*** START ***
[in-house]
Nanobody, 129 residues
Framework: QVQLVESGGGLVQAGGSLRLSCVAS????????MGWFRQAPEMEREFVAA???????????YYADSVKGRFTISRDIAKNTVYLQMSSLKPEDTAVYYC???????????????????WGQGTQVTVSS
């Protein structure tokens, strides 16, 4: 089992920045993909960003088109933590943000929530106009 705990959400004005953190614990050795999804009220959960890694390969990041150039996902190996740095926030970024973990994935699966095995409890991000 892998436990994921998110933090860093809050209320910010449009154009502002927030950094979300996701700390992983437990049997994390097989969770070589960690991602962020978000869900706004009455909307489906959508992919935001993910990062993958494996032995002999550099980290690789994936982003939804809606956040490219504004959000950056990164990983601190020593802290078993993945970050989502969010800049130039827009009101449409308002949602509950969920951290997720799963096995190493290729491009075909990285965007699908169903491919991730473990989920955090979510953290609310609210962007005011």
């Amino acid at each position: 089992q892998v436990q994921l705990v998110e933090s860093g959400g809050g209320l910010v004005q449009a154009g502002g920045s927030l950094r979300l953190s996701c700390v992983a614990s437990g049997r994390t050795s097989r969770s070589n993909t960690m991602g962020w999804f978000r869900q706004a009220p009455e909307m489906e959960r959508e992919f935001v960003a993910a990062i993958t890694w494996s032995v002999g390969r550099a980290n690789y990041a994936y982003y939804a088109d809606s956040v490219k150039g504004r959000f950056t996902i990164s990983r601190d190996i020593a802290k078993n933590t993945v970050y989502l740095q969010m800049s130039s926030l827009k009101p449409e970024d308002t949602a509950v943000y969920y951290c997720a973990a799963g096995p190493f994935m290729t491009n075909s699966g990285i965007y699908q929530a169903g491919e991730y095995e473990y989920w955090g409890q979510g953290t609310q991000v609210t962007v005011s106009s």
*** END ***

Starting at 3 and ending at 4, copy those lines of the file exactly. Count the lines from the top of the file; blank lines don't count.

Framework: QVQLVESGGGLVQAGGSLRLSCVAS????????MGWFRQAPEMEREFVAA???????????YYADSVKGRFTISRDIAKNTVYLQMSSLKPEDTAVYYC???????????????????WGQGTQVTVSS
């Protein structure tokens, strides 16, 4: 089992920045993909960003088109933590943000929530106009 705990959400004005953190614990050795999804009220959960890694390969990041150039996902190996740095926030970024973990994935699966095995409890991000 892998436990994921998110933090860093809050209320910010449009154009502002927030950094979300996701700390992983437990049997994390097989969770070589960690991602962020978000869900706004009455909307489906959508992919935001993910990062993958494996032995002999550099980290690789994936982003939804809606956040490219504004959000950056990164990983601190020593802290078993993945970050989502969010800049130039827009009101449409308002949602509950969920951290997720799963096995190493290729491009075909990285965007699908169903491919991730473990989920955090979510953290609310609210962007005011």